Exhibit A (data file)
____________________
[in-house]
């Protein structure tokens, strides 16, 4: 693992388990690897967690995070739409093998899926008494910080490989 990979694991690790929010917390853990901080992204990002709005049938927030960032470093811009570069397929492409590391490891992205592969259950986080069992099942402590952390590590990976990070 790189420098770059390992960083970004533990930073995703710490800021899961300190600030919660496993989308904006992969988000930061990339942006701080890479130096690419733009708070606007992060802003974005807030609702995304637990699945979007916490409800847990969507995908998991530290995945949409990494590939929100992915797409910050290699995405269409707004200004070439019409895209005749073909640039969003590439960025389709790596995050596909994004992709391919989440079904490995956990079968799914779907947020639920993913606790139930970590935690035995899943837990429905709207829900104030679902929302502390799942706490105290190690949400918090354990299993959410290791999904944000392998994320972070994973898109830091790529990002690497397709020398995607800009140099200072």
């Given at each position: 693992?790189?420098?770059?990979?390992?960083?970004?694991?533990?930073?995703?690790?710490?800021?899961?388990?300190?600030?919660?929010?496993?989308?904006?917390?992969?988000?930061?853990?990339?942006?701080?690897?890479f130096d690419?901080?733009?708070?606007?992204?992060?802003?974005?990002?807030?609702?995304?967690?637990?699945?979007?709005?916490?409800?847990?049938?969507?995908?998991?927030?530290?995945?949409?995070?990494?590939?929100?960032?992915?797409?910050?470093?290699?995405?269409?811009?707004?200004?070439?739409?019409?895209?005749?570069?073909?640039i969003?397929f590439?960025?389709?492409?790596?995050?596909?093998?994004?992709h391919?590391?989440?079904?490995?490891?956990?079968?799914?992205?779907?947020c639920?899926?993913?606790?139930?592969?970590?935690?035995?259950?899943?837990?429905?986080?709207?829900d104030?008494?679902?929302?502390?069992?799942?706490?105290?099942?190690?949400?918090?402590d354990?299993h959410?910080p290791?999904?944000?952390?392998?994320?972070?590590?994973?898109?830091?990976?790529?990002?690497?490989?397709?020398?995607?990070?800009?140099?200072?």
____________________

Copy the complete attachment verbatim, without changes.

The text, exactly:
[in-house]
């Protein structure tokens, strides 16, 4: 693992388990690897967690995070739409093998899926008494910080490989 990979694991690790929010917390853990901080992204990002709005049938927030960032470093811009570069397929492409590391490891992205592969259950986080069992099942402590952390590590990976990070 790189420098770059390992960083970004533990930073995703710490800021899961300190600030919660496993989308904006992969988000930061990339942006701080890479130096690419733009708070606007992060802003974005807030609702995304637990699945979007916490409800847990969507995908998991530290995945949409990494590939929100992915797409910050290699995405269409707004200004070439019409895209005749073909640039969003590439960025389709790596995050596909994004992709391919989440079904490995956990079968799914779907947020639920993913606790139930970590935690035995899943837990429905709207829900104030679902929302502390799942706490105290190690949400918090354990299993959410290791999904944000392998994320972070994973898109830091790529990002690497397709020398995607800009140099200072």
């Given at each position: 693992?790189?420098?770059?990979?390992?960083?970004?694991?533990?930073?995703?690790?710490?800021?899961?388990?300190?600030?919660?929010?496993?989308?904006?917390?992969?988000?930061?853990?990339?942006?701080?690897?890479f130096d690419?901080?733009?708070?606007?992204?992060?802003?974005?990002?807030?609702?995304?967690?637990?699945?979007?709005?916490?409800?847990?049938?969507?995908?998991?927030?530290?995945?949409?995070?990494?590939?929100?960032?992915?797409?910050?470093?290699?995405?269409?811009?707004?200004?070439?739409?019409?895209?005749?570069?073909?640039i969003?397929f590439?960025?389709?492409?790596?995050?596909?093998?994004?992709h391919?590391?989440?079904?490995?490891?956990?079968?799914?992205?779907?947020c639920?899926?993913?606790?139930?592969?970590?935690?035995?259950?899943?837990?429905?986080?709207?829900d104030?008494?679902?929302?502390?069992?799942?706490?105290?099942?190690?949400?918090?402590d354990?299993h959410?910080p290791?999904?944000?952390?392998?994320?972070?590590?994973?898109?830091?990976?790529?990002?690497?490989?397709?020398?995607?990070?800009?140099?200072?």